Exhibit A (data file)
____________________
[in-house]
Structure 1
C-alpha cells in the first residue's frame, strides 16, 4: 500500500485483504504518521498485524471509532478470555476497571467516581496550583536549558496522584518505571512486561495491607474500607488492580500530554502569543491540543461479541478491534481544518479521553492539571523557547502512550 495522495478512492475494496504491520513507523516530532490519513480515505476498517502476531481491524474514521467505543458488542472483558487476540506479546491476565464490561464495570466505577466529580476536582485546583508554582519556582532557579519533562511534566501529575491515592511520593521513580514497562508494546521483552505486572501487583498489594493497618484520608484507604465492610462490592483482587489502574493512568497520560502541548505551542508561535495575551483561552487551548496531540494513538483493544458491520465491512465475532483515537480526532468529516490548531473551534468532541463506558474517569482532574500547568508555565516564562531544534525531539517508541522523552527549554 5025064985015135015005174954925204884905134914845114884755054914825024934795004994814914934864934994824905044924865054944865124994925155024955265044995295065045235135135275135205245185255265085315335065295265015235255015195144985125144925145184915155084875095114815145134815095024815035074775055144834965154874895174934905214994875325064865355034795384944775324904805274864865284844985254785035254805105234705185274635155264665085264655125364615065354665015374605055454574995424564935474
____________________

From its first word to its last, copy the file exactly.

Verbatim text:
[in-house]
Structure 1
C-alpha cells in the first residue's frame, strides 16, 4: 500500500485483504504518521498485524471509532478470555476497571467516581496550583536549558496522584518505571512486561495491607474500607488492580500530554502569543491540543461479541478491534481544518479521553492539571523557547502512550 495522495478512492475494496504491520513507523516530532490519513480515505476498517502476531481491524474514521467505543458488542472483558487476540506479546491476565464490561464495570466505577466529580476536582485546583508554582519556582532557579519533562511534566501529575491515592511520593521513580514497562508494546521483552505486572501487583498489594493497618484520608484507604465492610462490592483482587489502574493512568497520560502541548505551542508561535495575551483561552487551548496531540494513538483493544458491520465491512465475532483515537480526532468529516490548531473551534468532541463506558474517569482532574500547568508555565516564562531544534525531539517508541522523552527549554 5025064985015135015005174954925204884905134914845114884755054914825024934795004994814914934864934994824905044924865054944865124994925155024955265044995295065045235135135275135205245185255265085315335065295265015235255015195144985125144925145184915155084875095114815145134815095024815035074775055144834965154874895174934905214994875325064865355034795384944775324904805274864865284844985254785035254805105234705185274635155264665085264655125364615065354665015374605055454574995424564935474